I received an invitation to preview Canary Beck’s new exhibit which opens to the public on Thursday, November 20th in the attic gallery space at the Arts & Culture Community (A&CC) on Wanderstill Ode (when you arrive, go into the gallery and climb the stairs all the way to the top).
This is a highly personal display of 20 self-portraits married to lyrics from Jacques Brel’s 1959 classic Ne Me Quitte Pas (Do Not Leave Me), a song many may more readily recognise under the title If You Go Away, with (alternative) English lyrics by Rod McKuen (and which, while powerful, doesn’t measure up to the raw emotional content of the original).
The best way to describe the display is to use Becky’s own words:
I have aimed to express what I am only now able to express coherently in words. I’ve even lifted the titles for the pictures from the verses of Jacques Brel’s plaintive poetry set to music, feeling unable to write them myself.
These very personal pictures are the result of two months of taking hundreds of similar pictures on my bare white platform – most of which I obliterated soon after I took them. I never planned to share them. As I’ve reviewed these works for showing; however, I see them now like heavy pages in an old diary; a shabby book that reflects a threadbare me, depleted by gravity and, I hope, now hardly recognisable.
Even without the use of lyrics from the song, the pictures arranged around the walls of the gallery’s loft carry a powerful story. One doesn’t need to read the artist’s notes to understand the depth of loss and grieving represented in each picture. Yes, they are nude studies, but this also adds to their emotive strength; this is not the nudity of sensual posing for the camera – it is the nudity reflective of vulnerability, of being exposed to the world, defenceless, lost.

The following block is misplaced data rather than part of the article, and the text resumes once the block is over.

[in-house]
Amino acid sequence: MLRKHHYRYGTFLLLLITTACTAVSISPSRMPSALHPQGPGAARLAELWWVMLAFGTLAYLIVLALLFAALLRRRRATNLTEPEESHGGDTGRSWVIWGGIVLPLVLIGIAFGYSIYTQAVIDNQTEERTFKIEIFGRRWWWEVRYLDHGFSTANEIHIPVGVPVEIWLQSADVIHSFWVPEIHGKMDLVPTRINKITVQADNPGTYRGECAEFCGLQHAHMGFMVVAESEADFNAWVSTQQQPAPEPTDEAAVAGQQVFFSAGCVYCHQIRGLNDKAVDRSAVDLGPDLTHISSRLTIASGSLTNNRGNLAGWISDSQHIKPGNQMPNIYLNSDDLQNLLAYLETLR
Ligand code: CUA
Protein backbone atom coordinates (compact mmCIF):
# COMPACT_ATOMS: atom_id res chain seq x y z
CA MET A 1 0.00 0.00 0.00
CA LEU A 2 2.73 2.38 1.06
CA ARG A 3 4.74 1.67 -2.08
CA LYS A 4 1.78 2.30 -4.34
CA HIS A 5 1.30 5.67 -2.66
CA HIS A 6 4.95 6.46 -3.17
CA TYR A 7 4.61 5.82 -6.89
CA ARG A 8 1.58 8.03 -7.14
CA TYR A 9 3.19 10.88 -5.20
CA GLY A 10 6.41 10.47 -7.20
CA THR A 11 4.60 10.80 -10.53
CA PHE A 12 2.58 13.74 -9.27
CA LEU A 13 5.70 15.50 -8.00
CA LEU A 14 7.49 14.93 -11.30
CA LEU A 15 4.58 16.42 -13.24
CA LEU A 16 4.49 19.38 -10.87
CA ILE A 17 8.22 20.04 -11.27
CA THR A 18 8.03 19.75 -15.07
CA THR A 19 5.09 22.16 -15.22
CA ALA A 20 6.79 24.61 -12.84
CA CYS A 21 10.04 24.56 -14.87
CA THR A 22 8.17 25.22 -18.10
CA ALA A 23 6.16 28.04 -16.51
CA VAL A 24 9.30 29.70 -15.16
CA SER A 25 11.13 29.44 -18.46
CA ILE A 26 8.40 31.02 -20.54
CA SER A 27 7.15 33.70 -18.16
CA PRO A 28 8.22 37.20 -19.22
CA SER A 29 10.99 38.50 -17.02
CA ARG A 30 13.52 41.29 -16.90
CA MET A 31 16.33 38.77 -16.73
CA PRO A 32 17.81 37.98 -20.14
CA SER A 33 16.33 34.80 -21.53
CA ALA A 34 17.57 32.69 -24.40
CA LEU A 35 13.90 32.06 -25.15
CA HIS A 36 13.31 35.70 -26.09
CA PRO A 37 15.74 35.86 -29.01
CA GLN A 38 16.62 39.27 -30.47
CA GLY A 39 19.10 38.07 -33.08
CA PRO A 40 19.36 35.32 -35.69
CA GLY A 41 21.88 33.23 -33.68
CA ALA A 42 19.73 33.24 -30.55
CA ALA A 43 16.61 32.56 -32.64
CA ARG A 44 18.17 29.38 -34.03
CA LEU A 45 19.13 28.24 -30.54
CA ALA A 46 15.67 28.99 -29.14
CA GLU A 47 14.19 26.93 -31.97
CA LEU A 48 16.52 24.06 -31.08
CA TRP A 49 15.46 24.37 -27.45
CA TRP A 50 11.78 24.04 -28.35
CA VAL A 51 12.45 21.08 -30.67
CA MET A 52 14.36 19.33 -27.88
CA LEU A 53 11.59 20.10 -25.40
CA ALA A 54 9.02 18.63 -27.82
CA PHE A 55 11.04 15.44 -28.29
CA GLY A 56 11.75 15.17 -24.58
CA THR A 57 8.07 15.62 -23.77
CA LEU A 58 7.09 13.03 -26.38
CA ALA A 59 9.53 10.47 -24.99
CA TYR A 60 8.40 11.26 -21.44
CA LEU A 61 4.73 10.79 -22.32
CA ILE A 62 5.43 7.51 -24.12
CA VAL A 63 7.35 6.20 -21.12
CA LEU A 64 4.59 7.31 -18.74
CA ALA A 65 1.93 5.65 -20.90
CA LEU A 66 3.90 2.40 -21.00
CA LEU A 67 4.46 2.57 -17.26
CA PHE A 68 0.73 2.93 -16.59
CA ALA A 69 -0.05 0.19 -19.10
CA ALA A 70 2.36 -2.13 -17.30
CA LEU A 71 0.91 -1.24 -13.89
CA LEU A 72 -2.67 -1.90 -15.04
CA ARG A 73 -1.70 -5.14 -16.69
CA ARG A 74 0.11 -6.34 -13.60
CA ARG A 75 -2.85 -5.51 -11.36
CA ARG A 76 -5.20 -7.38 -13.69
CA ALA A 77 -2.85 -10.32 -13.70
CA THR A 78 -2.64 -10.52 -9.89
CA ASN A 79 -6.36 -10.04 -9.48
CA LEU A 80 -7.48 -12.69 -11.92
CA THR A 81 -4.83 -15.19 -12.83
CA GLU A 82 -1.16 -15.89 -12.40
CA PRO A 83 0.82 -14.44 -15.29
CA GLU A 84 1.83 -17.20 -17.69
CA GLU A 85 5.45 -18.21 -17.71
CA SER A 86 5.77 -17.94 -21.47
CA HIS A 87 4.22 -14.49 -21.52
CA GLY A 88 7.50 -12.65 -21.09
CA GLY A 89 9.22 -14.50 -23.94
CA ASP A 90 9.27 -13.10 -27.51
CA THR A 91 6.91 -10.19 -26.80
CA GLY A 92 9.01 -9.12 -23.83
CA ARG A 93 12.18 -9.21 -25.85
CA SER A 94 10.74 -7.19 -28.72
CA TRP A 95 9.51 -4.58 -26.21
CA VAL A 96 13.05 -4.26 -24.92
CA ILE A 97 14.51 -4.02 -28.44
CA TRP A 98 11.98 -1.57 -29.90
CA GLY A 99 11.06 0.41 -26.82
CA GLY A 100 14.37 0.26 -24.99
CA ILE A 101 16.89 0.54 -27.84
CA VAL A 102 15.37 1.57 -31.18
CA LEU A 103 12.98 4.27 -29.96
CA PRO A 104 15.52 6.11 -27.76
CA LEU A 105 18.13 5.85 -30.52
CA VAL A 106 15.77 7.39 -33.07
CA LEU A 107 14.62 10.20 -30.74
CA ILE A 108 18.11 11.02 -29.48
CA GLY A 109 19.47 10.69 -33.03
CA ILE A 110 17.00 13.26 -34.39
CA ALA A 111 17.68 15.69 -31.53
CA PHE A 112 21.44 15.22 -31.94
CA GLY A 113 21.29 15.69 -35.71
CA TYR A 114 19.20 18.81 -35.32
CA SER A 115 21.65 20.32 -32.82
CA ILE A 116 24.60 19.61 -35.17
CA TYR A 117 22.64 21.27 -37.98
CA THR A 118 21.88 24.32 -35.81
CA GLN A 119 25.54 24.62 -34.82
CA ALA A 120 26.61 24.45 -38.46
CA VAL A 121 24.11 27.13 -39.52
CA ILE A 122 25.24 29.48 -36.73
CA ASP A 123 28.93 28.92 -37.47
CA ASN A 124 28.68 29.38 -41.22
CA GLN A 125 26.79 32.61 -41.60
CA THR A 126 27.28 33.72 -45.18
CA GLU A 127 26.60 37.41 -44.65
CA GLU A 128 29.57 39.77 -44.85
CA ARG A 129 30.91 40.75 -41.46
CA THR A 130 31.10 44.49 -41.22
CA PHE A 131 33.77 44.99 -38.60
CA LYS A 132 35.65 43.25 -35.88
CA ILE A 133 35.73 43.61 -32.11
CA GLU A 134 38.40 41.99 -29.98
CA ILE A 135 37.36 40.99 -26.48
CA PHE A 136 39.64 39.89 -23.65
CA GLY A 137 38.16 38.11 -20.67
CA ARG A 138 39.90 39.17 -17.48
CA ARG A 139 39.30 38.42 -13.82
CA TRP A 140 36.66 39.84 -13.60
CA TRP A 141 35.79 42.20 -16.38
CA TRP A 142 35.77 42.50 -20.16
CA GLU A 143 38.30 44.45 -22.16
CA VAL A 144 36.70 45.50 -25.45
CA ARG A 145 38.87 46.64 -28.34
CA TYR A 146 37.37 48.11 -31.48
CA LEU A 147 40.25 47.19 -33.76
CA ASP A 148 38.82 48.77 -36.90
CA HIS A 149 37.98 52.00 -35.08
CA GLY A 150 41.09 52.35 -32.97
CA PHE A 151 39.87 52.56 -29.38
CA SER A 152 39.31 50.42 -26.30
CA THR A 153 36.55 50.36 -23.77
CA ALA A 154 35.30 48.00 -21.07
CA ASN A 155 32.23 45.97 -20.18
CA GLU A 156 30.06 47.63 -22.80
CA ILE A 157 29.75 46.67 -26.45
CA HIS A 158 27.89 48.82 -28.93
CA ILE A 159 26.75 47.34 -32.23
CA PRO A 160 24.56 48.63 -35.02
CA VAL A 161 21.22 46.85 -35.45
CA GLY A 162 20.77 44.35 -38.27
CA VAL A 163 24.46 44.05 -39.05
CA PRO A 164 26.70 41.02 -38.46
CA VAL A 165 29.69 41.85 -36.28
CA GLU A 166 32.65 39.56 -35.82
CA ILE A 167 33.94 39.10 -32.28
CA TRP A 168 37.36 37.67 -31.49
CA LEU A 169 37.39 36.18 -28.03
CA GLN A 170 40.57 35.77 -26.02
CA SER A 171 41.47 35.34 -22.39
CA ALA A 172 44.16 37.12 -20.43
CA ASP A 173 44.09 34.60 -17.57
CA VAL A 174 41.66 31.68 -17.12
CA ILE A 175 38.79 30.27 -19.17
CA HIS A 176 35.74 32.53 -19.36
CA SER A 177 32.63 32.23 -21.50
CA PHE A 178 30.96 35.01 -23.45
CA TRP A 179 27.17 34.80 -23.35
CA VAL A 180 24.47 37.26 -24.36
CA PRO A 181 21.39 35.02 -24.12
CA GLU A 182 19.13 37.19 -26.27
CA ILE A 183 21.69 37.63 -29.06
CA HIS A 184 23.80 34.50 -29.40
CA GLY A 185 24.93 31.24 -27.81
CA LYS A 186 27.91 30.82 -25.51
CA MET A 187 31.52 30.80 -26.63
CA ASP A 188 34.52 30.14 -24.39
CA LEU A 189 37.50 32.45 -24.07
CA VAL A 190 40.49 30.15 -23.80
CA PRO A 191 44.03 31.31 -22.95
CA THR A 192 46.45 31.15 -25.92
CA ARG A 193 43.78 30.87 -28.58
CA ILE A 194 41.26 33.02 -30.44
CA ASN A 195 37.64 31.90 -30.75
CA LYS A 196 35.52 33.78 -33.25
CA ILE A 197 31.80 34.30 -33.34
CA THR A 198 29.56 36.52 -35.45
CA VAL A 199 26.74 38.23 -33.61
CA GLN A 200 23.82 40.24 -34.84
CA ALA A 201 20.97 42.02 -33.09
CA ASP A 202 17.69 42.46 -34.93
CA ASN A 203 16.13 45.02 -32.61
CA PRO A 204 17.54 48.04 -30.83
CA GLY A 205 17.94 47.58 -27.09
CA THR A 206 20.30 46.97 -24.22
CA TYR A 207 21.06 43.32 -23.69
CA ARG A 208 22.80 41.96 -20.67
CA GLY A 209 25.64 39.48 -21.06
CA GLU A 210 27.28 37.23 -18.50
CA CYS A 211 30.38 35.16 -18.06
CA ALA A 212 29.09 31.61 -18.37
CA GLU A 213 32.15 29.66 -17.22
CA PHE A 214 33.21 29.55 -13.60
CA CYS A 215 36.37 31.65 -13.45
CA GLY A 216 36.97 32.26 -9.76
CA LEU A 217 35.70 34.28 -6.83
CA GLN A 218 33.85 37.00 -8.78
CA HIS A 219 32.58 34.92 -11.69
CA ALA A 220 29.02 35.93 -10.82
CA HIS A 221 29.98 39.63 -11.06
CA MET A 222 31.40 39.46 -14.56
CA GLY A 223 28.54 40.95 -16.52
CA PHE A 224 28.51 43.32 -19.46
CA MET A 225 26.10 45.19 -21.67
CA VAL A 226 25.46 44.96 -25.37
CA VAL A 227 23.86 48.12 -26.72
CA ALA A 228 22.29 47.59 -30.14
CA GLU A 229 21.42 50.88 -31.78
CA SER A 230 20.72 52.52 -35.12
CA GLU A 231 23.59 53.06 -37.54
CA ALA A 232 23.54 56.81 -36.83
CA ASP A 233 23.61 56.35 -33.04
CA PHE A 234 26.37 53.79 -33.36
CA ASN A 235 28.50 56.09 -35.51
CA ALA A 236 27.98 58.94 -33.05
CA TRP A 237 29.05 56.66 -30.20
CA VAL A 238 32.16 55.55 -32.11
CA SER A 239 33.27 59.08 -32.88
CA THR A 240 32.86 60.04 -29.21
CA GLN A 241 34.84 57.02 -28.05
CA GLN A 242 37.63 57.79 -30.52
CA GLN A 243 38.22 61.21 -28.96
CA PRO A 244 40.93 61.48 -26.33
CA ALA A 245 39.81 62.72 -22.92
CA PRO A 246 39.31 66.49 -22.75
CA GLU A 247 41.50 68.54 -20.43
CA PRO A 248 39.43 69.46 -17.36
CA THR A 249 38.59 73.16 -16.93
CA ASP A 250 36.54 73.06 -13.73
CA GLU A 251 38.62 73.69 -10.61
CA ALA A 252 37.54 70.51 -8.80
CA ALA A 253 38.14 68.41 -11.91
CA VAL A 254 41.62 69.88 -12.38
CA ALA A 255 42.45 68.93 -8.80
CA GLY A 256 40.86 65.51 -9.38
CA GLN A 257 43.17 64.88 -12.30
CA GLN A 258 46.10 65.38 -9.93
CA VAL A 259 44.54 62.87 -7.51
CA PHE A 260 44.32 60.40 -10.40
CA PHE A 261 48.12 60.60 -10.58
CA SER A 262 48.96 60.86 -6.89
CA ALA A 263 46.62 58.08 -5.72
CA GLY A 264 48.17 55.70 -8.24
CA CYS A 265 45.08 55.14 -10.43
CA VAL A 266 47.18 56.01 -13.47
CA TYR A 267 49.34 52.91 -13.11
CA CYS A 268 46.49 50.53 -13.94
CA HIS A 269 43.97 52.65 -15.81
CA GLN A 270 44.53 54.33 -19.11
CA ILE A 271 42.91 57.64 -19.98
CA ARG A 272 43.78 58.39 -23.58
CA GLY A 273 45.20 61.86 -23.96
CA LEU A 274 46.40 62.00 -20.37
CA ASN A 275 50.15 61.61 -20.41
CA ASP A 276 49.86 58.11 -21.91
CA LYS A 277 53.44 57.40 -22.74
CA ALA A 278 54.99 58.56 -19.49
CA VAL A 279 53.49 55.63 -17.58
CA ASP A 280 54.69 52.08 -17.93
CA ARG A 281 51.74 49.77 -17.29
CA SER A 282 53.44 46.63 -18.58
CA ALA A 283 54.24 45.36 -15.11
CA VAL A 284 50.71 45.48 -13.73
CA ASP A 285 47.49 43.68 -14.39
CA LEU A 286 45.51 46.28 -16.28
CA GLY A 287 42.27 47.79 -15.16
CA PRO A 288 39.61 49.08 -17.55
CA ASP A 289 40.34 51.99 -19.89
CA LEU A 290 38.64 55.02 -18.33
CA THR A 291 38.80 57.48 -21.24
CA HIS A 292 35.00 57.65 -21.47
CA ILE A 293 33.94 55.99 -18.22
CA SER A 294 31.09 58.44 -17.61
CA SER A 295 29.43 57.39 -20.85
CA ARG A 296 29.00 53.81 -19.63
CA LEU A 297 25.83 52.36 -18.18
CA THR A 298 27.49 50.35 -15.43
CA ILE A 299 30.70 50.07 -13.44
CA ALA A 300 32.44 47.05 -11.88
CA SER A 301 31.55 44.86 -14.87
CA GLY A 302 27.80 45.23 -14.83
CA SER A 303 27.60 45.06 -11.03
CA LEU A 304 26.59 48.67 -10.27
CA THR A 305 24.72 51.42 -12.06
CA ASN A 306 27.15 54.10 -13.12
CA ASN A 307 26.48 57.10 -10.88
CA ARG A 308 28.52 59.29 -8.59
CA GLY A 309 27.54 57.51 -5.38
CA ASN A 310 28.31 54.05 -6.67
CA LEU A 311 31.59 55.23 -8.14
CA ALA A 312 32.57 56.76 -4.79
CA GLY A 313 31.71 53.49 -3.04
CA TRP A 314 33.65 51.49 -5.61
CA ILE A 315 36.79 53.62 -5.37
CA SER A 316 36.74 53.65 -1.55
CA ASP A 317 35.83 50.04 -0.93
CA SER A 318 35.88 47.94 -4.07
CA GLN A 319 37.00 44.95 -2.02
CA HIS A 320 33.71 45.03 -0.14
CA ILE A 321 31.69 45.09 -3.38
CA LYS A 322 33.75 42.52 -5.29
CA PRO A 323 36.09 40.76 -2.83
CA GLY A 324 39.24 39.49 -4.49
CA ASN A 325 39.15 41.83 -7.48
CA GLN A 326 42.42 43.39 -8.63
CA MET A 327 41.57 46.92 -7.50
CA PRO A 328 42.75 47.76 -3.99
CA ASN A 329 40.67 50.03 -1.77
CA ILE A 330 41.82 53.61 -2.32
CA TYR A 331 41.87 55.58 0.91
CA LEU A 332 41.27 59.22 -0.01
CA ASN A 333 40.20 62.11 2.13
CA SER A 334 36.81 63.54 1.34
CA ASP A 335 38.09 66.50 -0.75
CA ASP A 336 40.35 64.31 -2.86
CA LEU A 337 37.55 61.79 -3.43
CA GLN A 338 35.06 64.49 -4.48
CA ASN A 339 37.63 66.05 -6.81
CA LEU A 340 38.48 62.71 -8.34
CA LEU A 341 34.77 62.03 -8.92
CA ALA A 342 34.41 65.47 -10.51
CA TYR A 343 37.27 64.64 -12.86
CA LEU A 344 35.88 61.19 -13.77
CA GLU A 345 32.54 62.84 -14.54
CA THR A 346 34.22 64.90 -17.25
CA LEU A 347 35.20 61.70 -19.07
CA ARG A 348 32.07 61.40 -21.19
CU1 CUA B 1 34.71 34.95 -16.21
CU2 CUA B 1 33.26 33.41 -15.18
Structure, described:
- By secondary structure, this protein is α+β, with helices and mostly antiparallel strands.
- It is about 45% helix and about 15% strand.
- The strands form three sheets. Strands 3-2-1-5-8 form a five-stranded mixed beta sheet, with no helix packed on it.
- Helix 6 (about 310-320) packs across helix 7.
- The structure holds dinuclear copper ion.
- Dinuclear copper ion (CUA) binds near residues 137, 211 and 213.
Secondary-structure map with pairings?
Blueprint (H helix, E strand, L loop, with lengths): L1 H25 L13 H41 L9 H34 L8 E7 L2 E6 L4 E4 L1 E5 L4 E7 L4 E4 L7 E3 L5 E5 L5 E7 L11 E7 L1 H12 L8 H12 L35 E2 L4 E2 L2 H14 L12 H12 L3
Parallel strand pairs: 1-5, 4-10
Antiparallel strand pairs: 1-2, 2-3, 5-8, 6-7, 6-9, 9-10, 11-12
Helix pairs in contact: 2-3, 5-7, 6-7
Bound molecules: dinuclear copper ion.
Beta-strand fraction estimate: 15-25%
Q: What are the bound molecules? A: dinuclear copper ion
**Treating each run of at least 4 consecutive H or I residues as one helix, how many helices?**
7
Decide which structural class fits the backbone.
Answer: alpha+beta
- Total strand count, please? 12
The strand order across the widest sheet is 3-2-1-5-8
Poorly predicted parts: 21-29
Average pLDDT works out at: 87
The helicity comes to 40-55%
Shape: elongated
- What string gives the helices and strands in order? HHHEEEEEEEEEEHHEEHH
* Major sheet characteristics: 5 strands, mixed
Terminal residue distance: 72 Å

When taken with their titles, as drawn from Brel’s lyrics, each image becomes more emotionally intimate, drawing us into the artist’s thoughts and feelings: Je t’offrirai des perles de pluie – I will offer you pearls of rain; Je ne veux plus pleurer – I will cry no more; Laisse-moi devenir
L’ombre de ton ombre – Let me be for you the shadow of your shadow. All offer an emotionally charged reflection on the lyrics, and the tumult evident in the artist’s thoughts when taking the original pictures.
For me, the fact that we cannot, in any of the images, see the Canary’s eyes brings further depth of feeling to each piece. Shadow hides them from view, yet in many, shadow traces what might be the flow of tears from them; black pearls of rain traced over pale flesh.
All told, a remarkable exhibit, and one I cannot recommend highly enough. As noted, Ne Me Quitte Pas opens on Thursday, November 20th, and will run through until Saturday, January 201th, 2015.
- Ne Me Quitte Pas – OACC Gallery SLurl (Rated: Moderate)